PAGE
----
An analysis published in the Journal of the American Medical Association (JAMA) Network Open, suggests Zantac and drugs containing ranitidine may cause high levels of the potential carcinogen N-Nitrosodimethylamine (NDMA) to form in the human body.

The study provides more data on the potential for ranitidine to increase the risk of various cancers arising from NDMA exposure.

“The results of this study suggest that ranitidine may be a significant source of NDMA under a range of physiologically relevant conditions. Namely, under simulated gastric conditions, NDMA yield from a standard tablet of ranitidine was seen to increase with both increasing nitrite and decreasing pH to levels up to 3 orders of magnitude beyond established limits,” study authors wrote.

The JAMA analysis, conducted by researchers at online pharmacy Valisure and Memorial Sloan Kettering Cancer Center, suggests that the unstable nature of the ranitidine molecule could cause NDMA to form when the drug is exposed to conditions in the human body.

In study, one 150mg tablet of Zantac cool mint added to a mixture of simulated gastric fluid and sodium nitrite — a chemical used in cured meats such as bacon — produced a maximum of 320 micrograms of NDMA, far above the FDA’s acceptable limits of 0.096 micrograms.

Authors said that their findings were not “without limitation and encompass a broad range of reactive conditions, some of which exceed the usual gastric milieu.”

Ranitidine NDMA Formation ‘Inherent to the Molecule Itself’

Starting in 2018, problems with NDMA contamination from manufacturing processes caused a rash of recalls in drugs such as valsartan and metformin.

Valisure originally discovered NDMA in ranitidine after it conducted independent testing in 2019. This led to regulatory action from the FDA and manufacturers issued recalls for Zantac and other ranitidine products.

Ultimately, the FDA requested a withdrawal of all ranitidine products from the U.S. market in April 2020 because of concerns that levels of NDMA in the drug may increase over time and when stored at higher than room temperatures.

“This appears to be a fundamentally different problem than NDMA contamination found in drugs like valsartan and metformin because it occurs in every brand of ranitidine and is inherent to the molecule itself,” Dr. Kaury Kucera, chief scientific officer at Valisure, told FiercePharma.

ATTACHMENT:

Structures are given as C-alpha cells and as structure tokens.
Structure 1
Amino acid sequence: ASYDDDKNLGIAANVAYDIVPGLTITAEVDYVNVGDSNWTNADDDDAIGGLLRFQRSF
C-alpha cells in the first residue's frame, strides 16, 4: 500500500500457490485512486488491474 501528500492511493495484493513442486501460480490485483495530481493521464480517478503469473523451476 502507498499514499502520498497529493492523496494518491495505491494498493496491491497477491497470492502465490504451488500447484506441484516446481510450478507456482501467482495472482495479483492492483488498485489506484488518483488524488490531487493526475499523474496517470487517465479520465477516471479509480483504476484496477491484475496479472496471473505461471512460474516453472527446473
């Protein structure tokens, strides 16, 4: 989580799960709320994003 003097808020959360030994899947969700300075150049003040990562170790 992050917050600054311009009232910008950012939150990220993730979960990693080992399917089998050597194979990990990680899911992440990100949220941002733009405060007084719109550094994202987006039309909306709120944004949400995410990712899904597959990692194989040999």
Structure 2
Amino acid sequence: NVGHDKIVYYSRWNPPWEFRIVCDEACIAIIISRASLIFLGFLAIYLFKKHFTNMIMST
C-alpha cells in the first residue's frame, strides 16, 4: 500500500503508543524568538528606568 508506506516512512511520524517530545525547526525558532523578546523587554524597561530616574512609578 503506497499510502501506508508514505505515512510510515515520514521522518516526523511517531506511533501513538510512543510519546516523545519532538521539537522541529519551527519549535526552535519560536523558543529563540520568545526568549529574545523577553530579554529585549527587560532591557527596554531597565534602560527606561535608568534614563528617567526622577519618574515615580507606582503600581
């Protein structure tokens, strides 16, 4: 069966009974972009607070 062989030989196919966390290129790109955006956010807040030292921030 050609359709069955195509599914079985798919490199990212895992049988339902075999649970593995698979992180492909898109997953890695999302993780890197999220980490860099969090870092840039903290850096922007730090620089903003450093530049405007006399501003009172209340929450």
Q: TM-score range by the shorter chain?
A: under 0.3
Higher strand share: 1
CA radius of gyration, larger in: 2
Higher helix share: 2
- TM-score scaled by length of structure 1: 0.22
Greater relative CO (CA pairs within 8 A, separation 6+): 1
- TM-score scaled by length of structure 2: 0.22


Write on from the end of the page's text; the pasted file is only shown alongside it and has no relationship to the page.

‘This Could Be the Tip of the Iceberg’

“As the title of the invited commentary by C. Michael White in JAMA states, this could be the tip of the iceberg. It is imperative that we have more investigation by FDA and more independent testing of our drug supply by labs like Valisure,” David Light, founder & CEO of Valisure, said in an email statement to Drugwatch.

Valisure encourages the FDA to publish its own laboratory data from its ranitidine tests. In November 2019, the FDA said the results of their testing “showed no additional NDMA generated in the stomach.” This contradicts what decades of ranitidine research— including the data published in Valisure’s JAMA study — has found, according to Light.

“There were roughly 500 studies on ranitidine and NDMA published from 1982 to 2019, but no regulatory action was taken until Valisure performed its own independent analysis and filed its Citizen Petition in September 2019, which ultimately led to ranitidine being taken off the market globally,” he said.

Light told Drugwatch that independent testing by labs like Valisure could play a key role in ensuring the safety of the drug supply.

“What is needed to ensure that serious medication quality issues like ranitidine do not continue to occur is a system of independent certification of drug product quality. Consumers are used to seeing quality badges and reviews on other consumer products, but this is entirely missing from pharmaceuticals and is a void that Valisure is filling. It is also crucial that there is more meaningful collaboration between regulatory agencies, academics, and independent laboratories.”

NDMA, Zantac and Cancer Risk

The FDA has assured the public that exposure to NDMA levels at or below acceptable levels (0.096 micrograms) every day for 70 years is unlikely to increase cancer risk.

This study shows ranitidine could be capable of producing NDMA levels far above acceptable limits. Zantac was on the market from 1983 to 2020 in the United States, and the FDA does not know how long NDMA has been present in the drug.

So far, there hasn’t been much specific data on the odds of developing cancer with ranitidine.

But Valisure researchers published additional study data on medRxiv, a preprint server that houses papers before they are peer-reviewed. Researchers evaluated 10,347 cancer patients and found elevated diagnosis rates of thyroid, breast, bladder and prostate cancer with ranitidine use.

“Patients who have taken ranitidine in the past should speak to their doctor or medical professional regarding their concerns,” Light advised. “Be vigilant about monitoring any changes you might notice in your health and body, especially for cancers that have been linked to NDMA or for cancers that had higher relative diagnosis rates associated with ranitidine use in our study published on medRxiv.”

Cancer Risk Gives Rise to Lawsuits

The potential increased risk of cancer from ranitidine use has given rise to hundreds of Zantac lawsuits against manufacturers including Sanofi, Pfizer and Boehringer Ingelheim.

Cancer patients and their loved ones began filing lawsuits soon after the FDA announced the Zantac withdrawal in April 2020. Lawsuits claim manufacturers knew about Zantac’s cancer risks but did not warn the public and that ranitidine has design defects.

As of March 15, 2021, there are 576 federal lawsuits pending in multidistrict litigation in Florida. Lawyers expect more cases to follow.